Wild undoubtedly is pretty uninteresting since the characters are really in no way sympathetic or appealing but the combination of erotica, visuals and a slight thematic works fine for the fans of Billy Tang even though it's not excess akin to Red To Kill and Run And Kill.

Wild City (2015, Ringo Lam)

In Ringo's first solo directing venture since 2003's Looking For Mister Perfect, there are moments of in particular his eye for the violent and the simple story template could reveal enough engaging character drama but he can’t claw himself back into that engaging mode. Not so much because of the China co-production aspect or that he was too old to apply his action on the streets of Hong Kong. This one simply doesn’t come to life despite the assets being there. As he kicks off his chase scenario by a Taiwanese gang of a girl, a bag of money and the two brothers that get involved (ex-cop and ex-crmininal played by Louis Koo and Shawn Yue) there are good signs of Ringo still not messing around as evident by an early stabbing. A few beats in a car chase involving a tow truck are very sharp and realistic as well but then not much is increased and built upon in terms of tension and action. Lam wants to rely on the characters and despite their dynamic being very coherent and approachable, his touch for this has been way sharper in the past. Which makes Louis Koo and Shawn Yue quite anonymous as performers. There is escalation of the grim towards the back end of the film, especially in how Lam shows innocents perishing in the midst of primal need for revenge but way too sparse instances of this and a self important stance on how psychologically this scenario affects the characters sinks Wild City into a basic but mediocre time. Co-starring Tong Li-Ya, Michael Tse, Joseph Chiang, Jack Kao, Yuen Qiu and Simon Yam.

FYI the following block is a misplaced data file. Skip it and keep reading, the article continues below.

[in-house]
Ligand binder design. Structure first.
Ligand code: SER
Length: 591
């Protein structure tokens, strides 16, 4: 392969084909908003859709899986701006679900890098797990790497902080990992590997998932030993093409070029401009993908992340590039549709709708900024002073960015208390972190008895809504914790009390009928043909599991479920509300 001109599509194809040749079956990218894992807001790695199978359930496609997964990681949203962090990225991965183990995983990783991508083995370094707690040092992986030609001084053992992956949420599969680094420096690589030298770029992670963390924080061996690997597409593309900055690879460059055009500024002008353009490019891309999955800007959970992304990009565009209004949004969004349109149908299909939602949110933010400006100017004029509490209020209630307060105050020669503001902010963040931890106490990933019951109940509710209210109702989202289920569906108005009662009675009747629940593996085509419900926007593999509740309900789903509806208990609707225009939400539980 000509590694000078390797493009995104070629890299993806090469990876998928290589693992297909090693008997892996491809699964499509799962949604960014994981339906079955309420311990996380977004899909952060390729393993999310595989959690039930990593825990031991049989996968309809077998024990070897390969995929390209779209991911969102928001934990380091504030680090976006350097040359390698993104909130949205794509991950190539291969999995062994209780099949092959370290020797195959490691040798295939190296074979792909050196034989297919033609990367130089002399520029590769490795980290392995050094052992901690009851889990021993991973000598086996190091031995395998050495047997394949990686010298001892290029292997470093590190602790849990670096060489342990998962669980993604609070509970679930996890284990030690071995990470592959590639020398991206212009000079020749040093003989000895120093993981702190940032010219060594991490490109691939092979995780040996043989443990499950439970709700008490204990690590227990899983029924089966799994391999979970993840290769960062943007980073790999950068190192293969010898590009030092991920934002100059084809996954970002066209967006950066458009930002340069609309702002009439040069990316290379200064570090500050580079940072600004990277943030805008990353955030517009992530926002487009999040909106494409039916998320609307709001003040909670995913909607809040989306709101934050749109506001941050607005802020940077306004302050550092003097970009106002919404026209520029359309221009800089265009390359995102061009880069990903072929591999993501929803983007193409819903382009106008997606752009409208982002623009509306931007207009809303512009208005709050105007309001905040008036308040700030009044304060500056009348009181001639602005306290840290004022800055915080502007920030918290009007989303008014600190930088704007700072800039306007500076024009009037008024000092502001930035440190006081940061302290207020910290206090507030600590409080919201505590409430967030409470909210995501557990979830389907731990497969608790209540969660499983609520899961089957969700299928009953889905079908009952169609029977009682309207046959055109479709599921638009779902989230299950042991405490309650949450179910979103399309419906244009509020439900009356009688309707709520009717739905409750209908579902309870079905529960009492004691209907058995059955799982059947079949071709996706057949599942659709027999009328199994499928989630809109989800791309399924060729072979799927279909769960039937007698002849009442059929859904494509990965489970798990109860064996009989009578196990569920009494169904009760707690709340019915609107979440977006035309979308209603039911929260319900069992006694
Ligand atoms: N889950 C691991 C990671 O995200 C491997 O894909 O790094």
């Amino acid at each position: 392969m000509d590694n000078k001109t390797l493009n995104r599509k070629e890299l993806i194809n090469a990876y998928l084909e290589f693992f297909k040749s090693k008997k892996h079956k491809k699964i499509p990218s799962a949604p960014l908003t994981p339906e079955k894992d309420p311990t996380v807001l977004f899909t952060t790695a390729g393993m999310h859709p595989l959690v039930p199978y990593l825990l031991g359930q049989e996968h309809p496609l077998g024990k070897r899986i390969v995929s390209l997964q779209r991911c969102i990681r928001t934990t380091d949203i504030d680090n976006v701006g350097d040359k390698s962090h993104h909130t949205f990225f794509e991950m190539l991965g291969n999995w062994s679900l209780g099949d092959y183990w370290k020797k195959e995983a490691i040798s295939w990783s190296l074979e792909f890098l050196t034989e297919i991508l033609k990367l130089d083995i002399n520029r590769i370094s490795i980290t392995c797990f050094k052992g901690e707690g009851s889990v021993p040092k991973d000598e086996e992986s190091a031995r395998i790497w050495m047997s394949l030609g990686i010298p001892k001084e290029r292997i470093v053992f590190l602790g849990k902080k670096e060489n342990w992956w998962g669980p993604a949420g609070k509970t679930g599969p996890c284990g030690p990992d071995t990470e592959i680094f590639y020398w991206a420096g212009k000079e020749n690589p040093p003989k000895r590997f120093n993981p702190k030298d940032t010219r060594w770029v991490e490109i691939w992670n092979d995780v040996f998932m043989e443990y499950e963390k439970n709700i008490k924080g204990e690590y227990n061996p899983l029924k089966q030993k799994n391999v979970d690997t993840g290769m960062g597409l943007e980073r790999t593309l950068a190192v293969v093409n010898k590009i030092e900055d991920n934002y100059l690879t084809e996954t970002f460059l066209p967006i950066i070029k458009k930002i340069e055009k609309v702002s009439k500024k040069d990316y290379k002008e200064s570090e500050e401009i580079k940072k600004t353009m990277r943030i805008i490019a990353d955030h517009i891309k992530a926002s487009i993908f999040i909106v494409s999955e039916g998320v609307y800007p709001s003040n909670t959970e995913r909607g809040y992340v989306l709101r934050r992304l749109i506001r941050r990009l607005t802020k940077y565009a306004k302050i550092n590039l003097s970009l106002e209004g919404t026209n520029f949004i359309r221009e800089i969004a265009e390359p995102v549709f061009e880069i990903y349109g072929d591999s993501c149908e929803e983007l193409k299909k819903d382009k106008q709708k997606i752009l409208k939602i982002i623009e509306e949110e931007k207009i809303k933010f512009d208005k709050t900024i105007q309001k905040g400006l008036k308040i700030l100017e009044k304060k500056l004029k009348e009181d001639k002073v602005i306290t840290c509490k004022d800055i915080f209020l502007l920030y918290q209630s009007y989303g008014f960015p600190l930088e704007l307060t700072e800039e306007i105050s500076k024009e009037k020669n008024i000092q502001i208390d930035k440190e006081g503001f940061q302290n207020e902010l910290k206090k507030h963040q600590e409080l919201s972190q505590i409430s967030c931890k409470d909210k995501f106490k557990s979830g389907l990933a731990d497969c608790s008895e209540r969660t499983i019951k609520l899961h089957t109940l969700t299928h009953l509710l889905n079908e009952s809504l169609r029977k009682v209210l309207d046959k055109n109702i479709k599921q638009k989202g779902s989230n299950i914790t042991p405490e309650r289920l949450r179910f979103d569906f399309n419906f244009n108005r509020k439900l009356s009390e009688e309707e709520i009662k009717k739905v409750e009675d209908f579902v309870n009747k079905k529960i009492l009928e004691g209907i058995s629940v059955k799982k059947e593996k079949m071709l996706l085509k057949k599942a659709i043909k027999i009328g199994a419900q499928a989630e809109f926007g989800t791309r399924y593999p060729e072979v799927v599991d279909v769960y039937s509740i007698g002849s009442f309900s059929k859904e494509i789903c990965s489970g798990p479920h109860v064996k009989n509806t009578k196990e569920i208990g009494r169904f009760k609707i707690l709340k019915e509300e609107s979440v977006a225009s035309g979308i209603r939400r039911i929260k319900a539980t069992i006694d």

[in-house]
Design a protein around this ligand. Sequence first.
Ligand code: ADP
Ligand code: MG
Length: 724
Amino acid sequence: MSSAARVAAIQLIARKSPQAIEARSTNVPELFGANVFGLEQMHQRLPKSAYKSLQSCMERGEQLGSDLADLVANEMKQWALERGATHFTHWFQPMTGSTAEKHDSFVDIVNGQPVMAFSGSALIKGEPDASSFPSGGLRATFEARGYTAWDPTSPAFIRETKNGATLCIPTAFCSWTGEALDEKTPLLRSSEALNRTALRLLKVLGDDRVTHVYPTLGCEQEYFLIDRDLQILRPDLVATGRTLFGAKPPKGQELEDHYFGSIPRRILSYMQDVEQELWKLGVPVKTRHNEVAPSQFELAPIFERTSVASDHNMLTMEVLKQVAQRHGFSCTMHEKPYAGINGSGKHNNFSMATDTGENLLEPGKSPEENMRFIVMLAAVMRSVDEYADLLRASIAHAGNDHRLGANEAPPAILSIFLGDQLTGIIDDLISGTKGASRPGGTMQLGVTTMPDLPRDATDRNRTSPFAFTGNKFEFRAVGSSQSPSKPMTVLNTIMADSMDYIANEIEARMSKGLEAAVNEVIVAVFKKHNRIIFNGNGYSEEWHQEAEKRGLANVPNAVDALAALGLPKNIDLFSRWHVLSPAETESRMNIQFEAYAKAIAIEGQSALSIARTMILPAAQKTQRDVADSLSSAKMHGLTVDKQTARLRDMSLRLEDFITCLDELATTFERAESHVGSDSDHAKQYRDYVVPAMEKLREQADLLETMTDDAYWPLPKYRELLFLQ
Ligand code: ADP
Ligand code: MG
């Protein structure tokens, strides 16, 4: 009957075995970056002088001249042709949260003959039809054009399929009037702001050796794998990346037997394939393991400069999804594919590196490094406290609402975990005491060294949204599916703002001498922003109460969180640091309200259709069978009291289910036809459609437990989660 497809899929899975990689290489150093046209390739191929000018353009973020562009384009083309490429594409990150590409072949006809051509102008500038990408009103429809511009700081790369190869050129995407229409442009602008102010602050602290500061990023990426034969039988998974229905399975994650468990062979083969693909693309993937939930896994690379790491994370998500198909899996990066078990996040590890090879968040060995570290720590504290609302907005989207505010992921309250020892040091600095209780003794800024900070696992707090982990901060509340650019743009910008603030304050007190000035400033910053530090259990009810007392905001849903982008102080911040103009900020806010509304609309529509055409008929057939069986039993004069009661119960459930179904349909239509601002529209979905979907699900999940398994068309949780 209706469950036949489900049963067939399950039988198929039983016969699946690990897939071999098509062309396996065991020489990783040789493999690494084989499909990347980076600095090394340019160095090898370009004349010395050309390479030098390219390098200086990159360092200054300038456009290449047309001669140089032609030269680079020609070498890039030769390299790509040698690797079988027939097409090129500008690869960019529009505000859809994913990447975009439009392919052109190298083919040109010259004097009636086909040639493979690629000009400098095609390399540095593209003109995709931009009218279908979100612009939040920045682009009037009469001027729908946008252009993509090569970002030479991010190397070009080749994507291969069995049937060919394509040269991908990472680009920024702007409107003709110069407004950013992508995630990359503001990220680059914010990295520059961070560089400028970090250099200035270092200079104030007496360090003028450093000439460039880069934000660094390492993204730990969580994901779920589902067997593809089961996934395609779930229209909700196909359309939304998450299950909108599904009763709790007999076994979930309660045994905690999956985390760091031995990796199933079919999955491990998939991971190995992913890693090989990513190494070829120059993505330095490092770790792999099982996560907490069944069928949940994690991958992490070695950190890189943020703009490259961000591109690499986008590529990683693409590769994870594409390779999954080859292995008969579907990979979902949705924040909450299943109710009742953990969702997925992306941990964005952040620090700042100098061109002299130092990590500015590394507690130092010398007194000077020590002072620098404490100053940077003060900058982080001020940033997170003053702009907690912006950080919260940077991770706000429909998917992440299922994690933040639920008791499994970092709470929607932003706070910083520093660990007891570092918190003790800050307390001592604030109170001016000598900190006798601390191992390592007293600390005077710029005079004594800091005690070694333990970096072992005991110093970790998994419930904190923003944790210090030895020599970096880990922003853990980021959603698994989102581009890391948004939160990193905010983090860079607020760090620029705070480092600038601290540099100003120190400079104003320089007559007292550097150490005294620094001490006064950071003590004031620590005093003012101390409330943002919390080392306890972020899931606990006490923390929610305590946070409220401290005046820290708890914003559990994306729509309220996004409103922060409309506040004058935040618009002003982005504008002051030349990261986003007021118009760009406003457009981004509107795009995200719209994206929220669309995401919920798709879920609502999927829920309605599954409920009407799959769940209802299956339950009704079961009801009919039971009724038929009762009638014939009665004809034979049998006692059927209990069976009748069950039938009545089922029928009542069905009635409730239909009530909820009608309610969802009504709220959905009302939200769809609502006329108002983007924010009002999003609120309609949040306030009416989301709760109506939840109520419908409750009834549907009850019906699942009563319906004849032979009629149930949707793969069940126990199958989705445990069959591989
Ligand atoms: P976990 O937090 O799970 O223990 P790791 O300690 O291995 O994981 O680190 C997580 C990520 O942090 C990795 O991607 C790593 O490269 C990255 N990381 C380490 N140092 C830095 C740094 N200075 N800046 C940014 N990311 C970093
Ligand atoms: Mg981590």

The Wild Girls (1993) Directed by: Cheung Sek-Lung

Inappropriately overstuffed, somehow The Wild Girls comes out as a minor winner with skills shown within a very low budget frame in how to move all of the crowd populating its world along swiftly. Centering mainly around Stuart Ong's gambling habit and excessive debts with triads, he abuses his wife and through some ill plotting with one of his assistant she is left dead. Before her death she signed her life insurance away from her desperate husband and now more join the hunt for money. All while Lee Chung-Ling is sort of involved with the wife's death but acting on a minor plot point of his own, Charlie Cho runs a phone sex service with his wife and we get unwarranted sex scenes after ending reel tragedy. Within this very plain frame, director Cheung Sek-Lung disturbs more when pushing the degrading and harsh buttons but at the same time the direction is static almost all throughout. But by continually adding elements (even Michael Chan turns up and hence the movie has a fight scene), it's entertaining to watch The Wild Girls fill up so much while never being boring.

The Wildgoose Chase (1990) Directed by: Simon Yip

Justifiable cheating is the agenda of the characters played by James Wong, Tommy Wong and Lam Lei. Being businessmen on a trip to Korea, the latter two follow the advice of their Godfather of sexual practices but when feelings towards the women enter the frey, they break away from the words of "wisdom". Very offensive if you want it to be but a tiny little, naughty heart resides in the film. Basically Wong's pupils want care and love, not necessarily an urban, sexy time with prostitutes and with the master having an answer or a piece of wisdom to anything they might encounter, the name of the game is for a long time paying for casual sex. The sight of a sexually frustrated Tommy Wong is gold but when director Simon Yip does take the flick into something akin to serious, the consequences of the trio isn't portrayed in any felt fashion. It tries with some sappy romance but is more fun when the consequences are about the possibility of sexually transmitted diseases. Know the agenda you're clearly better at, Mr. Director. Also with Elsie Chan, Kathy Chow and Wong Yat-Fei as the VD Doctor. The duo of James Wong and Tommy Wong would go on to roam in a similar manner in Stooges In Hong Kong and Stooges In Japan.